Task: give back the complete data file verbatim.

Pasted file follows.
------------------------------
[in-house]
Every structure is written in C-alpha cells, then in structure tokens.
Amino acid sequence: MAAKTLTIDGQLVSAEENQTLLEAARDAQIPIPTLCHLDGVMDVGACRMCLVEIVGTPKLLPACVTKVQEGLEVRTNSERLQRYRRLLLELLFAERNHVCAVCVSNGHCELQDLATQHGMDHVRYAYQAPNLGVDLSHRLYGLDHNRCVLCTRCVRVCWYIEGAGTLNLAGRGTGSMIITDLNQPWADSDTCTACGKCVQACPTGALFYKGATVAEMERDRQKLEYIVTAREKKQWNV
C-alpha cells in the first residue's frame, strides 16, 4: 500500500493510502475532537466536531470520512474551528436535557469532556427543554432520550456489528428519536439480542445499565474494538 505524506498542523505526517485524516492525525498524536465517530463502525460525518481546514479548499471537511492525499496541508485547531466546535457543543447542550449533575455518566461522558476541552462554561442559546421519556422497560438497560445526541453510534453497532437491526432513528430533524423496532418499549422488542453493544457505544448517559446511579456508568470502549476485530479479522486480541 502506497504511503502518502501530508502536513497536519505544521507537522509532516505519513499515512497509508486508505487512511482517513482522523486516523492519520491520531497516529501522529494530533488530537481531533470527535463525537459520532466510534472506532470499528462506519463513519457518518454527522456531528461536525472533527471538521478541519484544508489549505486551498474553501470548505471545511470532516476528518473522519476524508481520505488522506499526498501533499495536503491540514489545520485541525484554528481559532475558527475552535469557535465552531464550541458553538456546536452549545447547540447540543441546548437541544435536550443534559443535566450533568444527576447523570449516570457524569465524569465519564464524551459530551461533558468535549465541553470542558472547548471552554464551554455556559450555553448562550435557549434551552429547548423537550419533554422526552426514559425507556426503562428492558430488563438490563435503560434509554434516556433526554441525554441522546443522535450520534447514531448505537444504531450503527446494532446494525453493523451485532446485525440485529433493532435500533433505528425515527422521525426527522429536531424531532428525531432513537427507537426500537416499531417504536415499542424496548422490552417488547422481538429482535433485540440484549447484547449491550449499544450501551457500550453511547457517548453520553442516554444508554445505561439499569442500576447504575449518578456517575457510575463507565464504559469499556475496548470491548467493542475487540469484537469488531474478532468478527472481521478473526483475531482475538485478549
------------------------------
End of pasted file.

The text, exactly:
[in-house]
Every structure is written in C-alpha cells, then in structure tokens.
Amino acid sequence: MAAKTLTIDGQLVSAEENQTLLEAARDAQIPIPTLCHLDGVMDVGACRMCLVEIVGTPKLLPACVTKVQEGLEVRTNSERLQRYRRLLLELLFAERNHVCAVCVSNGHCELQDLATQHGMDHVRYAYQAPNLGVDLSHRLYGLDHNRCVLCTRCVRVCWYIEGAGTLNLAGRGTGSMIITDLNQPWADSDTCTACGKCVQACPTGALFYKGATVAEMERDRQKLEYIVTAREKKQWNV
C-alpha cells in the first residue's frame, strides 16, 4: 500500500493510502475532537466536531470520512474551528436535557469532556427543554432520550456489528428519536439480542445499565474494538 505524506498542523505526517485524516492525525498524536465517530463502525460525518481546514479548499471537511492525499496541508485547531466546535457543543447542550449533575455518566461522558476541552462554561442559546421519556422497560438497560445526541453510534453497532437491526432513528430533524423496532418499549422488542453493544457505544448517559446511579456508568470502549476485530479479522486480541 502506497504511503502518502501530508502536513497536519505544521507537522509532516505519513499515512497509508486508505487512511482517513482522523486516523492519520491520531497516529501522529494530533488530537481531533470527535463525537459520532466510534472506532470499528462506519463513519457518518454527522456531528461536525472533527471538521478541519484544508489549505486551498474553501470548505471545511470532516476528518473522519476524508481520505488522506499526498501533499495536503491540514489545520485541525484554528481559532475558527475552535469557535465552531464550541458553538456546536452549545447547540447540543441546548437541544435536550443534559443535566450533568444527576447523570449516570457524569465524569465519564464524551459530551461533558468535549465541553470542558472547548471552554464551554455556559450555553448562550435557549434551552429547548423537550419533554422526552426514559425507556426503562428492558430488563438490563435503560434509554434516556433526554441525554441522546443522535450520534447514531448505537444504531450503527446494532446494525453493523451485532446485525440485529433493532435500533433505528425515527422521525426527522429536531424531532428525531432513537427507537426500537416499531417504536415499542424496548422490552417488547422481538429482535433485540440484549447484547449491550449499544450501551457500550453511547457517548453520553442516554444508554445505561439499569442500576447504575449518578456517575457510575463507565464504559469499556475496548470491548467493542475487540469484537469488531474478532468478527472481521478473526483475531482475538485478549